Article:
Do we really understand each other?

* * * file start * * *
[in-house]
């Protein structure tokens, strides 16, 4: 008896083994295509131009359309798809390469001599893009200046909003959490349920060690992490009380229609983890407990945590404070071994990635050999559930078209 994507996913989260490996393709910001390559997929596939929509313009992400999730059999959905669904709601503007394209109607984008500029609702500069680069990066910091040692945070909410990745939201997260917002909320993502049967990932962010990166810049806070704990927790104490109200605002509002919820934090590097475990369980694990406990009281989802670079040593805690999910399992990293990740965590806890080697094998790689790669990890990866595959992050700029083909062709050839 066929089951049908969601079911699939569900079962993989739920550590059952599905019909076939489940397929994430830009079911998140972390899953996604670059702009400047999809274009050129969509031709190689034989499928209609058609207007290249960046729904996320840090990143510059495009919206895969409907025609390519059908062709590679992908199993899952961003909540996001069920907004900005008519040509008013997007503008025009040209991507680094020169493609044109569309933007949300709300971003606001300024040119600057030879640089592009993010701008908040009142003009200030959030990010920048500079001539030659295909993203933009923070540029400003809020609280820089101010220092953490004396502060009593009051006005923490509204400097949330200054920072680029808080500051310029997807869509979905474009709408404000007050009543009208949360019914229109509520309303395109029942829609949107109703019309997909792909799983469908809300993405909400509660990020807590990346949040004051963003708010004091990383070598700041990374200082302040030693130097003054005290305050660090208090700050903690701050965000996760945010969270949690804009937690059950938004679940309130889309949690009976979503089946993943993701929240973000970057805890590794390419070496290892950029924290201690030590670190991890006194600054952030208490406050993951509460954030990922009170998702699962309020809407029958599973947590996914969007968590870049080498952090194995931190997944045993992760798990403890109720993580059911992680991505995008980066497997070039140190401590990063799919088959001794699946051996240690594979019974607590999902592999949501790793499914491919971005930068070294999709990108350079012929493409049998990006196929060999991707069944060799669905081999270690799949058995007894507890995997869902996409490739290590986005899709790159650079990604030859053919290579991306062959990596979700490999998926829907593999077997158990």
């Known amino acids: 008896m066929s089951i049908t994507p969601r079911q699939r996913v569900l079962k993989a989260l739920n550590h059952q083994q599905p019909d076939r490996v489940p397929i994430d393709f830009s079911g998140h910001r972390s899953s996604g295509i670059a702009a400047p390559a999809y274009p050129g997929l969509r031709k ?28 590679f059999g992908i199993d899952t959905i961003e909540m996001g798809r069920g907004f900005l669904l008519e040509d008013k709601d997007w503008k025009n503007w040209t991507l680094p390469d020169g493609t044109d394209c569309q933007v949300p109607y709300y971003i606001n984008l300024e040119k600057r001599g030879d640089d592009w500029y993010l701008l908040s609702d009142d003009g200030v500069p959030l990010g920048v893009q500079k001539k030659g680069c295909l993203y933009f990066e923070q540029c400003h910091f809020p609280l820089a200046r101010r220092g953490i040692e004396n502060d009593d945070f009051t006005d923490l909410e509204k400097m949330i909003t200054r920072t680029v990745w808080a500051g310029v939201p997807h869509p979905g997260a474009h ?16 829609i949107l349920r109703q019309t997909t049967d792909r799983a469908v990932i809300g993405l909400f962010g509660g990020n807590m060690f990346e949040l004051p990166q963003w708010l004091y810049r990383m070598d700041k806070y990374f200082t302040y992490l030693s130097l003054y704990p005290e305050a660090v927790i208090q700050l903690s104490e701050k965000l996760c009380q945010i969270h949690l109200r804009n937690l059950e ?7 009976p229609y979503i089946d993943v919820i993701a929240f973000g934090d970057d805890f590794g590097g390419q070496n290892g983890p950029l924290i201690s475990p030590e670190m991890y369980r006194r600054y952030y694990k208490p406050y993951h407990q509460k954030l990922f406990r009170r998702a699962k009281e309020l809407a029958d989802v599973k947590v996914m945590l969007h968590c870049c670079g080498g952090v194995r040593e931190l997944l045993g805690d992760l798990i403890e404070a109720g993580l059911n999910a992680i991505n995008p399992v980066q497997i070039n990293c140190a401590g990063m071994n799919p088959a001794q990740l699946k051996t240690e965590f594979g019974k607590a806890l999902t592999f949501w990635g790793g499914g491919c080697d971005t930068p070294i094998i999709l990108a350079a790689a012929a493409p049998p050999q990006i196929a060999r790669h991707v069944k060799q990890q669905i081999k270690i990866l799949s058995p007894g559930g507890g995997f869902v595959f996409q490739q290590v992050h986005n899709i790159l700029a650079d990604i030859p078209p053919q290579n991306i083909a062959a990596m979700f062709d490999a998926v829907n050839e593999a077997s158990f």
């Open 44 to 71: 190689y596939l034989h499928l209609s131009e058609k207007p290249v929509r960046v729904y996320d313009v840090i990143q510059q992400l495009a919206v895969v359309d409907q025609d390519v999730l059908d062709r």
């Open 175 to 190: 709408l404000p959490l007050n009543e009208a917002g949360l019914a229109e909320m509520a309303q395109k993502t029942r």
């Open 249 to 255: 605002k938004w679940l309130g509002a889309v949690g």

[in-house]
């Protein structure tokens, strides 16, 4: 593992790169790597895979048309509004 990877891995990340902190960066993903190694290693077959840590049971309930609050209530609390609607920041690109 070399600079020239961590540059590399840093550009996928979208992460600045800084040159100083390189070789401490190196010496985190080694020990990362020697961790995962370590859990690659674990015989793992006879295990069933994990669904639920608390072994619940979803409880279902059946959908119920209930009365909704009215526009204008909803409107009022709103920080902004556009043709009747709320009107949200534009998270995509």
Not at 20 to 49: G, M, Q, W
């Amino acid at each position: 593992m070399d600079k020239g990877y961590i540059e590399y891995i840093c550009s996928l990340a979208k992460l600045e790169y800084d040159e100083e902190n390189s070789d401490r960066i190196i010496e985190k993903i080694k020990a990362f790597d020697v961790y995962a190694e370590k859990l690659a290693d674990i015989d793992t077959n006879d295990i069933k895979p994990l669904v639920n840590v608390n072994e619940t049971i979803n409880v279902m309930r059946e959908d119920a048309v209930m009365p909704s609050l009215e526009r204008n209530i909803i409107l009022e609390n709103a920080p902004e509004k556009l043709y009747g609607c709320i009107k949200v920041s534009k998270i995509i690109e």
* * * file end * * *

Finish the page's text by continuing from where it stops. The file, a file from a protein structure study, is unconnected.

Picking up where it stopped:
Kiswahili may be Tanzania’s official language, said Elsie Eyakuze, but that doesn’t mean we have all mastered it. It is a language “full of subtleties and triple entendres, threats and assurances, disses and praise.” Depending on the tone and context, a word likeusijali, for example, can mean “you made a mistake but it’s cool, no beef” or “you made a mistake for which you will pay in misery.” With 120 ethnic groups in Tanzania, there are many regional variations of the language, some all but unintelligible to other Kiswahili speakers. Head inland, for example, and the language—which originated on the coast—“loses its lilting sandy tones and becomes harder, more glottal.” Not all of us embrace Kiswahili. One Gogo woman from central Tanzania spat on the floor when I tried to interview her in Kiswahili, saying she wouldn’t speak “the colonial language.” She shocked me, but she had a point. It was the first wave of colonizers from Germany who, with “Teutonic efficiency,” encouraged the spread of Kiswahili to facilitate trade. Only later did the British arrive and give us our other common tongue, English. Kiswahili keeps evolving—an online version has emerged with shorthand such as ck for day or mpnz for love. Kiswahili 3.0 is the “next frontier.”